A ‘topping-off’ event in Mattapan Square

Sharon T. Callender, Special to the Reporter
Aug. 11, 2011

According to data from the National Association of Community Health Centers (NACHC), health centers have been serving as health care homes for more than 40 years, providing continuous primary and preventive care that reduces the risk of new health care problems and lowers the overall potential cost of health care.

Health centers are expanding to reach more people by removing geographic, language, and cultural barriers for patients who do not have a usual source of care. The emphasis this year on a health care home recognizes the importance of the health center mission: to provide a health care home to all Americans in need.

Currently health centers serve nearly 23 million patients nationally, while continuing to provide high quality, cost effective, accessible care as America’s health care home.

Mattapan Community Health Center has been the “Health Care Home” for 39 years for many community residents. MCHC’s commitment to the mission of improving the quality of life for residents of Mattapan and surrounding communities remains steadfast and serves as a guide as we continually provide optimum primary and preventive health care services.

Our new center is slated to be open in late summer of 2012. Next Wednesday (Aug. 17), the “Topping Off Ceremony” will be held from 10 a.m. to 1 p.m. at 1575 Blue Hill Ave. The community is invited to take part in this ceremonial event as the last steel beam is signed, lifted, and placed in the building.

Mattapan Community Health Center is proud to be a provider of health care to more than 7,000 patients through some 28,000 visits annually. Your health is important to us. Please call for an appointment at 617-296-0061 and make us “Your Health Care Home.”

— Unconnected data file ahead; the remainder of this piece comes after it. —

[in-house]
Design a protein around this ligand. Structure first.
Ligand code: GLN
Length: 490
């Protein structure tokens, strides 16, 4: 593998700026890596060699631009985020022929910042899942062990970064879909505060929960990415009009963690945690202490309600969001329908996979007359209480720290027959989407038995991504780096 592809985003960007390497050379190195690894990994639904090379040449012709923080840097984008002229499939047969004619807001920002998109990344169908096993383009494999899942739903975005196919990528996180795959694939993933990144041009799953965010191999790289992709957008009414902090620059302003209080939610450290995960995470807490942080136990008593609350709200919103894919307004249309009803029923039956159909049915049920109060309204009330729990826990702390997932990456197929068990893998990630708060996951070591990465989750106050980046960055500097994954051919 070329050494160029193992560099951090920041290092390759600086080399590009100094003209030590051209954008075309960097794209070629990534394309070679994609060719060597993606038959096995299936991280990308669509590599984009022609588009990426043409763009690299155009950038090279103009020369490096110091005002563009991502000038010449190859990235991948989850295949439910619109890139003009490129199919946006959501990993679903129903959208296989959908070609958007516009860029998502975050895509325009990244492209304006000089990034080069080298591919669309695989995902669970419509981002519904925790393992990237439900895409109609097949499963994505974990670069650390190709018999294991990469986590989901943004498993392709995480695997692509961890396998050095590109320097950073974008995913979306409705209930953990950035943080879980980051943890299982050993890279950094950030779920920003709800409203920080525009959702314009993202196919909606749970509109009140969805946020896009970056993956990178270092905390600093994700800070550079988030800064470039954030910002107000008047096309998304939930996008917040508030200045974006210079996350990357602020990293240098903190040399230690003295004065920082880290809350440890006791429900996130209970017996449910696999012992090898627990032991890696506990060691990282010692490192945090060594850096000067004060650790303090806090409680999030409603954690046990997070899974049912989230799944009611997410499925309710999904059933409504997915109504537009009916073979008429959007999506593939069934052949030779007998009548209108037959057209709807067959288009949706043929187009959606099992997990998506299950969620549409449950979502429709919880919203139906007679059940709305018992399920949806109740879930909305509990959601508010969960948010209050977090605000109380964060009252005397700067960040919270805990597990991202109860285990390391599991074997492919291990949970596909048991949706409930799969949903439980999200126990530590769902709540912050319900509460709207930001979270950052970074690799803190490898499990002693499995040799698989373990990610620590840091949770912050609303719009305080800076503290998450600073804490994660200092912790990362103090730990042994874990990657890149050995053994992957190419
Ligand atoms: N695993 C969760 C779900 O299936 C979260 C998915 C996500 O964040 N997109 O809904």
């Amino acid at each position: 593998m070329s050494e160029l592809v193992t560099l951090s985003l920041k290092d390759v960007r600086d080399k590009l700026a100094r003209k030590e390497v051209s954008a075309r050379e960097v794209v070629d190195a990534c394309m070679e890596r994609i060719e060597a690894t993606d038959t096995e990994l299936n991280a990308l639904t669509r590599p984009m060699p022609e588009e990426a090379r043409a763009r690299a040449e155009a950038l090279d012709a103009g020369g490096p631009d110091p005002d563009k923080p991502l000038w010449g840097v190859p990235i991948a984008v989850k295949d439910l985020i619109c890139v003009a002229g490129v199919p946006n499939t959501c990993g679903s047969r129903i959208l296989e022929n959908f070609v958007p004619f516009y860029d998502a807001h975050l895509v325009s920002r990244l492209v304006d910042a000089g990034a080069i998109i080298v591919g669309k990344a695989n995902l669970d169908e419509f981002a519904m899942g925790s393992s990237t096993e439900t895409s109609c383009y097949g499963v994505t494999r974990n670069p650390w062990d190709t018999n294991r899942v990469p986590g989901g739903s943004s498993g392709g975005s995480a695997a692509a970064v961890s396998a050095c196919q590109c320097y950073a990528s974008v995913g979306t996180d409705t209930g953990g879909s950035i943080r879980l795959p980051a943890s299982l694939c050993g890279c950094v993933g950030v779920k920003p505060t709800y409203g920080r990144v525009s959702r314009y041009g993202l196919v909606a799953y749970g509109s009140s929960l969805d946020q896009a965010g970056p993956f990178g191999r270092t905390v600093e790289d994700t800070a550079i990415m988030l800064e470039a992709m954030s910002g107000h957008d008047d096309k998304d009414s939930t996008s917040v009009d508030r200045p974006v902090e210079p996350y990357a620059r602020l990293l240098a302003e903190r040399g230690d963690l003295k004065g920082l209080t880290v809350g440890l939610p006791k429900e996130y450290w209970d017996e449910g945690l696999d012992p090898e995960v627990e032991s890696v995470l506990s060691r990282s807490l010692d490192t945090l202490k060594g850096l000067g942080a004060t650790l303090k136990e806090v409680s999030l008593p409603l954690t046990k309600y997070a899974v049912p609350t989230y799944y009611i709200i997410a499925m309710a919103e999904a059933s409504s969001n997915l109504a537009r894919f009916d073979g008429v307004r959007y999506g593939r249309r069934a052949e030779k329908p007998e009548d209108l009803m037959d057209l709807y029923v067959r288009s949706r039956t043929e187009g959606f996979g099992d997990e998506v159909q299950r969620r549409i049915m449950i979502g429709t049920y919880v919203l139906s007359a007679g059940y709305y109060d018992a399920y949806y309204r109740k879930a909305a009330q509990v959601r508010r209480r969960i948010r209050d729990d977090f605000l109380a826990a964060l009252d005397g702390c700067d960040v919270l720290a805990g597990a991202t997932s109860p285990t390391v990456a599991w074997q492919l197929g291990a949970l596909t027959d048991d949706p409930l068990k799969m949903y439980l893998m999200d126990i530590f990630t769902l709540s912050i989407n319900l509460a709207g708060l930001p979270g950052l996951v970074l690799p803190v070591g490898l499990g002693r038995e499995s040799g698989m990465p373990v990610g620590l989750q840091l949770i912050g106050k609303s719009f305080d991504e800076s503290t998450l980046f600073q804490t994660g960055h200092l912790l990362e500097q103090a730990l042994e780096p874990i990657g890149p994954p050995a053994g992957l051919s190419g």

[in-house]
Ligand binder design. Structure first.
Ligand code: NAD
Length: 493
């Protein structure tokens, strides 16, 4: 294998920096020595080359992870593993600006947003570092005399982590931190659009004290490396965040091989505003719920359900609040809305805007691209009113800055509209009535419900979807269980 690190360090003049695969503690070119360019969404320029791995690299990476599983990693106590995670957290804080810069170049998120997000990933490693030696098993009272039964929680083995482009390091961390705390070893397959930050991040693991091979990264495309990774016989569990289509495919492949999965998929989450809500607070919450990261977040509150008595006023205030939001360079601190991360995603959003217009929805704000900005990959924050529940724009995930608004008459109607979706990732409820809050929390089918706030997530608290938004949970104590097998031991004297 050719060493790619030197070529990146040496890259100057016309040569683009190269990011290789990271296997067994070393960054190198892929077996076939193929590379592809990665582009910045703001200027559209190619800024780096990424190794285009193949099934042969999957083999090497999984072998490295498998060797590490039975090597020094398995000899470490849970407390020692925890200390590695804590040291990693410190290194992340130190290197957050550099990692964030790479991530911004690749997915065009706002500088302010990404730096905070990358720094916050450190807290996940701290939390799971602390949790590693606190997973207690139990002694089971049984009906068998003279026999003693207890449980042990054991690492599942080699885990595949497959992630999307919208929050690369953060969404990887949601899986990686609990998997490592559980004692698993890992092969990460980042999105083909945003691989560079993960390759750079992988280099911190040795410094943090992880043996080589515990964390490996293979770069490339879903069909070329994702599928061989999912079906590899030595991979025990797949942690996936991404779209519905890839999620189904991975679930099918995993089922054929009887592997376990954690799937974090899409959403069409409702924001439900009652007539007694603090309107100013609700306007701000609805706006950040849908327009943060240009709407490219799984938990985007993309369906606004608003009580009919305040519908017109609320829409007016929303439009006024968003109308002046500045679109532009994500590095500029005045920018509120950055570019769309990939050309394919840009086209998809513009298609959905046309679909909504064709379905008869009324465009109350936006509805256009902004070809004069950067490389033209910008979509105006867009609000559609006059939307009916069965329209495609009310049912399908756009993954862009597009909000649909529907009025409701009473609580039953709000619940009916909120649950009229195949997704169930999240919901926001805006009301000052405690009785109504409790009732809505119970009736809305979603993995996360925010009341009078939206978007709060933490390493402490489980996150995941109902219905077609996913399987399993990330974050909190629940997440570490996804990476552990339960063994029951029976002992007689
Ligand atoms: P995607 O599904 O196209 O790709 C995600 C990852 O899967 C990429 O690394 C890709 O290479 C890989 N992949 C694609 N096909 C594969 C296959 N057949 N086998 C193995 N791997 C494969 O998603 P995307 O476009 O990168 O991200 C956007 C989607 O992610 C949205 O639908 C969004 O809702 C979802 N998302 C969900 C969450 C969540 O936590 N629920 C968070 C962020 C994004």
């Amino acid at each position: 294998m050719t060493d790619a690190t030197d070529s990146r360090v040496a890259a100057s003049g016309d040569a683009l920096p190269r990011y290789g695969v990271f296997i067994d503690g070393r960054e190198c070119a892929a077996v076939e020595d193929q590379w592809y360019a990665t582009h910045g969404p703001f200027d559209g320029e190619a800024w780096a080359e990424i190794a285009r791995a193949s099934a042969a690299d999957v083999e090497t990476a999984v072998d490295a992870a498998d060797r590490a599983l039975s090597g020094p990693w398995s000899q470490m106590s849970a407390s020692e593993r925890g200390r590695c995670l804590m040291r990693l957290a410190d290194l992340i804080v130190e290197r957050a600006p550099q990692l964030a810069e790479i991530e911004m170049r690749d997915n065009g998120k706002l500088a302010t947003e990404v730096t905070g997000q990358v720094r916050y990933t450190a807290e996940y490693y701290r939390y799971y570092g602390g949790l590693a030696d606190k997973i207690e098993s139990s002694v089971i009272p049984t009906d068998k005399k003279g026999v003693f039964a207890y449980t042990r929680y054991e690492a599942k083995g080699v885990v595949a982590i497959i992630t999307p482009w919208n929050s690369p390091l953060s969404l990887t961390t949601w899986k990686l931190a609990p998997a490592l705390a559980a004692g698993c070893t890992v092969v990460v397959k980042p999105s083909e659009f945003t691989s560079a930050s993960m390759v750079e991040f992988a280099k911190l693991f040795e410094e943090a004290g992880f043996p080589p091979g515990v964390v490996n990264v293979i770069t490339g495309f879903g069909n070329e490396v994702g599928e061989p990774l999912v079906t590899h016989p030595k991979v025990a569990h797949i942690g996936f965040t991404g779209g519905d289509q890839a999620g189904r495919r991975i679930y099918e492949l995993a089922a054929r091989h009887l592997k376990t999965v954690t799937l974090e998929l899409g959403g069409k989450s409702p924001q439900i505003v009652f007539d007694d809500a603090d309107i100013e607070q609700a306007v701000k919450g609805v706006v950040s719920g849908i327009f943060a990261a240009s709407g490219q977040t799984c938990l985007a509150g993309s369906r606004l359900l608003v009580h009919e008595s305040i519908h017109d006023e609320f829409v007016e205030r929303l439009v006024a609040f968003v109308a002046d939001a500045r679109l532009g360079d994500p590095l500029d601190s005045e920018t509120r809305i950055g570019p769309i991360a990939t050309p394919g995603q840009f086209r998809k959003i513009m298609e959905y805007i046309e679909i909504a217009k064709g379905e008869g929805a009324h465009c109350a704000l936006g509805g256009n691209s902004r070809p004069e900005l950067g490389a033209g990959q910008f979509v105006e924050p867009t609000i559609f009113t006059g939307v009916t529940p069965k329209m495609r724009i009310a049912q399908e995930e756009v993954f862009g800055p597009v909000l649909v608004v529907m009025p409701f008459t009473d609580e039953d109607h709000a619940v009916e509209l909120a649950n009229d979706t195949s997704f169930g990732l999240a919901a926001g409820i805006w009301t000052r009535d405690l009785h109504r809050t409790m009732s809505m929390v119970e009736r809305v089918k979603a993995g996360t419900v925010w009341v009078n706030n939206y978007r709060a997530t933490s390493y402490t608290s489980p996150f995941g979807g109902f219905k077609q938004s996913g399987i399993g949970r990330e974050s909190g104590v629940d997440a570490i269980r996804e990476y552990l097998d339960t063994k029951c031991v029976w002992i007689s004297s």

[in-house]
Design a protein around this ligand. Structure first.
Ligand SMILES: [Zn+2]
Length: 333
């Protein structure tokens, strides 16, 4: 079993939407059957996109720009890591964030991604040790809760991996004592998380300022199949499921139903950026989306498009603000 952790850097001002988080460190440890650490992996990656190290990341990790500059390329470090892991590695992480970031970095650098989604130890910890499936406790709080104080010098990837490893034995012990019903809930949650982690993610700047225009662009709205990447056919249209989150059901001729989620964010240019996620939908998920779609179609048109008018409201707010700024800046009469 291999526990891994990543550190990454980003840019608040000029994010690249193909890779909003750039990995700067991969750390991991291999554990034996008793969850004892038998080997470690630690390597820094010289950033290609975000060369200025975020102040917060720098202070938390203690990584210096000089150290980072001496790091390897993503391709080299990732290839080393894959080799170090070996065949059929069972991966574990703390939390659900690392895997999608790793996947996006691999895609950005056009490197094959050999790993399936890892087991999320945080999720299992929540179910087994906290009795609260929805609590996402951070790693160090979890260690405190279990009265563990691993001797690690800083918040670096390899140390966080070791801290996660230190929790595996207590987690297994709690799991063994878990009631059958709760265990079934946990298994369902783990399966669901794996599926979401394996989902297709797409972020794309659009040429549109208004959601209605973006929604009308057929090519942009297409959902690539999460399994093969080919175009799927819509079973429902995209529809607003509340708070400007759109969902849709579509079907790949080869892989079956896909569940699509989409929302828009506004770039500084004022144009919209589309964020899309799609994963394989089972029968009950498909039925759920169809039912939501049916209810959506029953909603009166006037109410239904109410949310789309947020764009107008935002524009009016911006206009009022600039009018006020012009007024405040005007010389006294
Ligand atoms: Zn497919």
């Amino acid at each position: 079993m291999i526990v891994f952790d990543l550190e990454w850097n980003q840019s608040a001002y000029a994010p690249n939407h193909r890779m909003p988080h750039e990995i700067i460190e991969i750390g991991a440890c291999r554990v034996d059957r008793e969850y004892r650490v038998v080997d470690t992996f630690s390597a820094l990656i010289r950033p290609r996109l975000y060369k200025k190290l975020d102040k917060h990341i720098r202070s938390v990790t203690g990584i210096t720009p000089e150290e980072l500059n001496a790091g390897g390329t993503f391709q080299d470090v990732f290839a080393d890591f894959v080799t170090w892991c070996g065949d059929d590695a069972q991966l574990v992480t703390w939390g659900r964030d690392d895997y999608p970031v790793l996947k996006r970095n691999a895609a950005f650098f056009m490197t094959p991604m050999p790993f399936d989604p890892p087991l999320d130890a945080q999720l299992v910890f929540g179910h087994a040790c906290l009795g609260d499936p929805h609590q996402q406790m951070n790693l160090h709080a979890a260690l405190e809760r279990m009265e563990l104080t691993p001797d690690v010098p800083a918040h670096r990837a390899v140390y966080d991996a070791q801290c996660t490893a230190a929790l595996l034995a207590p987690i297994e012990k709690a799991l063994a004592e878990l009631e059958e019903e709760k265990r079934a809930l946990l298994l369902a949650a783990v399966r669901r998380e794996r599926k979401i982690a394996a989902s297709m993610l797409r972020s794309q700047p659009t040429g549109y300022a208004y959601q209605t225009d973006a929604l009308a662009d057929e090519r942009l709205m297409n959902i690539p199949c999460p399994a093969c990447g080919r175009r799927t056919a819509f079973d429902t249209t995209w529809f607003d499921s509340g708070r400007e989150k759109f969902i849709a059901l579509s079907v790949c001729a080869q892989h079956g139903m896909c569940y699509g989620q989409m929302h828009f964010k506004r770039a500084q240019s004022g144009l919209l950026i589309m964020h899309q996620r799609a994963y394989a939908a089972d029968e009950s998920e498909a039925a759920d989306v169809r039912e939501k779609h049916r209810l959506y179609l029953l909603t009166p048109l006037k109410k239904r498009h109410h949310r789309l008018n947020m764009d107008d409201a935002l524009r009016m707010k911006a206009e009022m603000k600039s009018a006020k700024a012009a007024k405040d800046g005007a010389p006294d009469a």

Did You Know That …

• Community health centers are local, non-profit, community-owned health care providers serving low income and medically underserved communities? For over 40 years, the national network of health centers has provided high quality, affordable primary care and preventive services, and, often, on-site dental, pharmaceutical, mental health, and substance abuse services.

• Federally-Qualified Health Centers (FQHCs) are located in areas where care is needed but scarce, and they improve access to care for millions of Americans regardless of their insurance status or ability to pay? Their costs of care rank among the lowest, and they reduce the need for more expensive in-patient and specialty care, saving billions of dollars for taxpayers. Currently, over 1,200 community, migrant, and homeless health centers deliver care through over 8,000 service delivery sites in every state and territory.

• Health centers serve as the medical home and family physician to more than 23 million people nationally – a number that is quickly growing? Health center patients are among the nation’s most vulnerable populations – people who, even if insured, would nonetheless remain isolated from traditional forms of medical care because of where they live, who they are, the language they speak, and their higher levels of complex health care needs. As a result, patients are disproportionately low income, uninsured or publicly insured, and minority.

• About half of health center patients reside in rural areas, while the other half tend to live in economically depressed inner city communities?

• Health centers remove common barriers to care by serving communities who otherwise confront financial, geographic, language, cultural and other barriers, making them different from most private, office-based physicians?

• They are located in high-need areas identified by the federal government as having elevated poverty, higher than average infant mortality, and where few physicians practice; are open to all residents, regardless of insurance status, and provide free or reduced cost care based on ability to pay; offer services that help their patients access health care, such as transportation, translation, case management, health education, and home visitation; and tailor their services to fit the special needs and priorities of their communities, and provide services in a linguistically and culturally appropriate setting.

• Overall, health centers do make a difference – by improving the quality of life through: supportive access to primary and preventive care; providing cost-effective high quality care; reducing health disparities by the effective management of chronic disease; improving birth outcomes and creating jobs that stimulate economic growth.

Mattapan Community Health Center continues to address the health care needs of its patients and the community with the construction of a new community health center building at 1575 Blue Hill Ave. in the heart of Mattapan Square. This state of the art facility will bring needed resources to the community and additional health services such as on-site mammography and behavioral health counseling and support.